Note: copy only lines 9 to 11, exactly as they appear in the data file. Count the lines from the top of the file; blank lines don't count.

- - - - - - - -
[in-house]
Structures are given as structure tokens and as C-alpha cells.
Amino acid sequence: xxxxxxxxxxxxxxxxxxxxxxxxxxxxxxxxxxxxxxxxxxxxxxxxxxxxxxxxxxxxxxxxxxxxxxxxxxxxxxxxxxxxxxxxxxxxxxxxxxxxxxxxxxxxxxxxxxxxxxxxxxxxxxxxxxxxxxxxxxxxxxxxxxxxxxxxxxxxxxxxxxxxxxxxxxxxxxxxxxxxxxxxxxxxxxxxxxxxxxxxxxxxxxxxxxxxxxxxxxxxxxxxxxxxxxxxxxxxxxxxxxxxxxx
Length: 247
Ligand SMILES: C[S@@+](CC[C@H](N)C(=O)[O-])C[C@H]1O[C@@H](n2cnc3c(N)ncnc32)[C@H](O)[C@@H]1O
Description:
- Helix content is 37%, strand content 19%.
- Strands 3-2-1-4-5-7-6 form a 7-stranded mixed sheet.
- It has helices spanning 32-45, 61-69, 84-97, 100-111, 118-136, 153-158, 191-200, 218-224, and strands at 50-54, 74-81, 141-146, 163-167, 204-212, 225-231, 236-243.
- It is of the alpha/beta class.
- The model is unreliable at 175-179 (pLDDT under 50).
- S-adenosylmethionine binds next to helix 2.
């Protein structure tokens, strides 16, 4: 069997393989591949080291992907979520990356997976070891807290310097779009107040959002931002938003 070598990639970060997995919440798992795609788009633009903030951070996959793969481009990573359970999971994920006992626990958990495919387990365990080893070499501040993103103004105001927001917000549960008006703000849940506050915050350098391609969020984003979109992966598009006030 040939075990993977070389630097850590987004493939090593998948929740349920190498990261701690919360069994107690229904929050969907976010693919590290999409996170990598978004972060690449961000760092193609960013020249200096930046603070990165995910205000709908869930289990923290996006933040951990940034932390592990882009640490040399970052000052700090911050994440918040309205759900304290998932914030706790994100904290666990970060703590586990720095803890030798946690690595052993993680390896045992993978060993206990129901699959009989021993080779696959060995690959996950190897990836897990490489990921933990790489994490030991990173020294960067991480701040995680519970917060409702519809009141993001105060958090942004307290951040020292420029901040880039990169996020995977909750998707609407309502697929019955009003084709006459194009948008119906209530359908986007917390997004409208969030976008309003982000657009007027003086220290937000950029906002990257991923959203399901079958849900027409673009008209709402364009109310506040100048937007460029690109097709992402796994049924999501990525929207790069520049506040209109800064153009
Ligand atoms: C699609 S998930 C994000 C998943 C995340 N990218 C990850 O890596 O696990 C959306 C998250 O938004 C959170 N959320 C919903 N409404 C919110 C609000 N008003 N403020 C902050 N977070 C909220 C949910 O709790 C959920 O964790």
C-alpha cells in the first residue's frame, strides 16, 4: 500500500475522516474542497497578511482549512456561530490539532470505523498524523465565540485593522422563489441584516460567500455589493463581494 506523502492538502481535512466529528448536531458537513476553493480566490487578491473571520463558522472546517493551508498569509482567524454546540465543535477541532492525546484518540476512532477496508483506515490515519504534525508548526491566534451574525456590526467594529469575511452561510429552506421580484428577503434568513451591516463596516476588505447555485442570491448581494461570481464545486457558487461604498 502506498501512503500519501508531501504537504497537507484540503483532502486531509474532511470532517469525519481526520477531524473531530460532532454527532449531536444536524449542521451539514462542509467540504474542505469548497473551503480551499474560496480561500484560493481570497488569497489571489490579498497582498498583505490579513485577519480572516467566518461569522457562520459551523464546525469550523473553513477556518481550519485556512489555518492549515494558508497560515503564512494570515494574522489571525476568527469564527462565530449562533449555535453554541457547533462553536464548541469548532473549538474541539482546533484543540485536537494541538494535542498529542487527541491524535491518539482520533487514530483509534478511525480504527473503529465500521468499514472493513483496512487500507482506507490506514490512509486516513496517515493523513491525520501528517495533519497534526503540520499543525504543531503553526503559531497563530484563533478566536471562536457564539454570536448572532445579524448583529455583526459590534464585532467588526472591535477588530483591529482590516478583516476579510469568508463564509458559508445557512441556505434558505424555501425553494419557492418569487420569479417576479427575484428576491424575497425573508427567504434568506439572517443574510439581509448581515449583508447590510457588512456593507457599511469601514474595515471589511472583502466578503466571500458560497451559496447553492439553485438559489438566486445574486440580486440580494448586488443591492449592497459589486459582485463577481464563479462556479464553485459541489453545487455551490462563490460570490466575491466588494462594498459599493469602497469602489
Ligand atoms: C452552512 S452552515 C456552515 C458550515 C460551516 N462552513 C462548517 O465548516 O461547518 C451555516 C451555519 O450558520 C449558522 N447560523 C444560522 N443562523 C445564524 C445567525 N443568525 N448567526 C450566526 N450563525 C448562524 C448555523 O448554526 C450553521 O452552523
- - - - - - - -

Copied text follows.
- It has helices spanning 32-45, 61-69, 84-97, 100-111, 118-136, 153-158, 191-200, 218-224, and strands at 50-54, 74-81, 141-146, 163-167, 204-212, 225-231, 236-243.
- It is of the alpha/beta class.
- The model is unreliable at 175-179 (pLDDT under 50).